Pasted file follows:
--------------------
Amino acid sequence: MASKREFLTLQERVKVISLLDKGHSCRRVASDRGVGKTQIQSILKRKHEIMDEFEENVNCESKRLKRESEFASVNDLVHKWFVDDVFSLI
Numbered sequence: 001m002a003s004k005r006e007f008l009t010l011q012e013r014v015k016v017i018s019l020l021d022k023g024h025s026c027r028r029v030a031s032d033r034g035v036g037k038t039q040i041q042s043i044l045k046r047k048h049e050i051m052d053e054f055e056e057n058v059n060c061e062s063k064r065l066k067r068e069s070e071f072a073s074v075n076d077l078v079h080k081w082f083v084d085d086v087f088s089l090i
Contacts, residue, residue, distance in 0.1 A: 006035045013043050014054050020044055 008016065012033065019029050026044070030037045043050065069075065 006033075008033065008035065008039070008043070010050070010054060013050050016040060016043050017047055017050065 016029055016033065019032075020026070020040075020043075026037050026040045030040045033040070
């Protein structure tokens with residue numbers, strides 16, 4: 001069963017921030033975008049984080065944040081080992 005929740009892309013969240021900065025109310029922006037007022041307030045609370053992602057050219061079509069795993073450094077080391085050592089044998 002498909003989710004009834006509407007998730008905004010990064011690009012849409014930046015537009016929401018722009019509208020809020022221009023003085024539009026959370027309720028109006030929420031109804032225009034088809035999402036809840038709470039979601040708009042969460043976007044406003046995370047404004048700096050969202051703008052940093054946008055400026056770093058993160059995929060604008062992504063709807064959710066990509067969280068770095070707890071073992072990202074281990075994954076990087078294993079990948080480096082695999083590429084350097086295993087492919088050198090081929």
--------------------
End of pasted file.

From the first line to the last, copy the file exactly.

Amino acid sequence: MASKREFLTLQERVKVISLLDKGHSCRRVASDRGVGKTQIQSILKRKHEIMDEFEENVNCESKRLKRESEFASVNDLVHKWFVDDVFSLI
Numbered sequence: 001m002a003s004k005r006e007f008l009t010l011q012e013r014v015k016v017i018s019l020l021d022k023g024h025s026c027r028r029v030a031s032d033r034g035v036g037k038t039q040i041q042s043i044l045k046r047k048h049e050i051m052d053e054f055e056e057n058v059n060c061e062s063k064r065l066k067r068e069s070e071f072a073s074v075n076d077l078v079h080k081w082f083v084d085d086v087f088s089l090i
Contacts, residue, residue, distance in 0.1 A: 006035045013043050014054050020044055 008016065012033065019029050026044070030037045043050065069075065 006033075008033065008035065008039070008043070010050070010054060013050050016040060016043050017047055017050065 016029055016033065019032075020026070020040075020043075026037050026040045030040045033040070
């Protein structure tokens with residue numbers, strides 16, 4: 001069963017921030033975008049984080065944040081080992 005929740009892309013969240021900065025109310029922006037007022041307030045609370053992602057050219061079509069795993073450094077080391085050592089044998 002498909003989710004009834006509407007998730008905004010990064011690009012849409014930046015537009016929401018722009019509208020809020022221009023003085024539009026959370027309720028109006030929420031109804032225009034088809035999402036809840038709470039979601040708009042969460043976007044406003046995370047404004048700096050969202051703008052940093054946008055400026056770093058993160059995929060604008062992504063709807064959710066990509067969280068770095070707890071073992072990202074281990075994954076990087078294993079990948080480096082695999083590429084350097086295993087492919088050198090081929």